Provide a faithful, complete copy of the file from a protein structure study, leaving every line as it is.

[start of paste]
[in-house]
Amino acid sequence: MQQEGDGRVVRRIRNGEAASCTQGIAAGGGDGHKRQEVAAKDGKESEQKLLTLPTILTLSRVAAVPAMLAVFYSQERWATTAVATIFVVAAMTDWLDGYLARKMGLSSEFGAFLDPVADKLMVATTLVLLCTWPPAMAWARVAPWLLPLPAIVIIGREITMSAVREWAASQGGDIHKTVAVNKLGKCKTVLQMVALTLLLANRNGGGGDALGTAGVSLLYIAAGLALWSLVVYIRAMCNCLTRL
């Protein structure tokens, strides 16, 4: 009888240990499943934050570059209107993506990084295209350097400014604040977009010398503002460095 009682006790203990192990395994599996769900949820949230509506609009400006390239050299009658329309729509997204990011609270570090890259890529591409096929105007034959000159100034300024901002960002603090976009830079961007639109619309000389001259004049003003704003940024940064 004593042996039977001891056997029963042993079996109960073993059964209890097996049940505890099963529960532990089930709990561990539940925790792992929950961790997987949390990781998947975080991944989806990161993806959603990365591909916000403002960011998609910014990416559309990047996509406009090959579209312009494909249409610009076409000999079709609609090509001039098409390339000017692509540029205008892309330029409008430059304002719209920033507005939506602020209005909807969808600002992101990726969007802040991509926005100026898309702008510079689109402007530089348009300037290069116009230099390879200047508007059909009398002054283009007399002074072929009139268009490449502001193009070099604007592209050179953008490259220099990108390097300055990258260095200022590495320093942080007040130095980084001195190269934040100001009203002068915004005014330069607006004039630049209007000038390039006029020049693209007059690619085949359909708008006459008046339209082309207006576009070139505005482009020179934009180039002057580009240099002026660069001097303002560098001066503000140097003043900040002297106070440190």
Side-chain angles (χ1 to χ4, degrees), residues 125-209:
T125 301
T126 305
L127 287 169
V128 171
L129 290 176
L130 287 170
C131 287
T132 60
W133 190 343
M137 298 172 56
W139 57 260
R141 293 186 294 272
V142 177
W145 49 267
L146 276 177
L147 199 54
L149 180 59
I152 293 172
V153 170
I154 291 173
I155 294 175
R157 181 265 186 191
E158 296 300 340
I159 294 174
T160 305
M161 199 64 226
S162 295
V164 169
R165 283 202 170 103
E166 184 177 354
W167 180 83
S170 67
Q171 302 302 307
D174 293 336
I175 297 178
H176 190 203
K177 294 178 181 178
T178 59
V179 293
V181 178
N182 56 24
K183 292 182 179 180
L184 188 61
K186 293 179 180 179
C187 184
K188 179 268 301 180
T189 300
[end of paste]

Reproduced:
[in-house]
Amino acid sequence: MQQEGDGRVVRRIRNGEAASCTQGIAAGGGDGHKRQEVAAKDGKESEQKLLTLPTILTLSRVAAVPAMLAVFYSQERWATTAVATIFVVAAMTDWLDGYLARKMGLSSEFGAFLDPVADKLMVATTLVLLCTWPPAMAWARVAPWLLPLPAIVIIGREITMSAVREWAASQGGDIHKTVAVNKLGKCKTVLQMVALTLLLANRNGGGGDALGTAGVSLLYIAAGLALWSLVVYIRAMCNCLTRL
């Protein structure tokens, strides 16, 4: 009888240990499943934050570059209107993506990084295209350097400014604040977009010398503002460095 009682006790203990192990395994599996769900949820949230509506609009400006390239050299009658329309729509997204990011609270570090890259890529591409096929105007034959000159100034300024901002960002603090976009830079961007639109619309000389001259004049003003704003940024940064 004593042996039977001891056997029963042993079996109960073993059964209890097996049940505890099963529960532990089930709990561990539940925790792992929950961790997987949390990781998947975080991944989806990161993806959603990365591909916000403002960011998609910014990416559309990047996509406009090959579209312009494909249409610009076409000999079709609609090509001039098409390339000017692509540029205008892309330029409008430059304002719209920033507005939506602020209005909807969808600002992101990726969007802040991509926005100026898309702008510079689109402007530089348009300037290069116009230099390879200047508007059909009398002054283009007399002074072929009139268009490449502001193009070099604007592209050179953008490259220099990108390097300055990258260095200022590495320093942080007040130095980084001195190269934040100001009203002068915004005014330069607006004039630049209007000038390039006029020049693209007059690619085949359909708008006459008046339209082309207006576009070139505005482009020179934009180039002057580009240099002026660069001097303002560098001066503000140097003043900040002297106070440190």
Side-chain angles (χ1 to χ4, degrees), residues 125-209:
T125 301
T126 305
L127 287 169
V128 171
L129 290 176
L130 287 170
C131 287
T132 60
W133 190 343
M137 298 172 56
W139 57 260
R141 293 186 294 272
V142 177
W145 49 267
L146 276 177
L147 199 54
L149 180 59
I152 293 172
V153 170
I154 291 173
I155 294 175
R157 181 265 186 191
E158 296 300 340
I159 294 174
T160 305
M161 199 64 226
S162 295
V164 169
R165 283 202 170 103
E166 184 177 354
W167 180 83
S170 67
Q171 302 302 307
D174 293 336
I175 297 178
H176 190 203
K177 294 178 181 178
T178 59
V179 293
V181 178
N182 56 24
K183 292 182 179 180
L184 188 61
K186 293 179 180 179
C187 184
K188 179 268 301 180
T189 300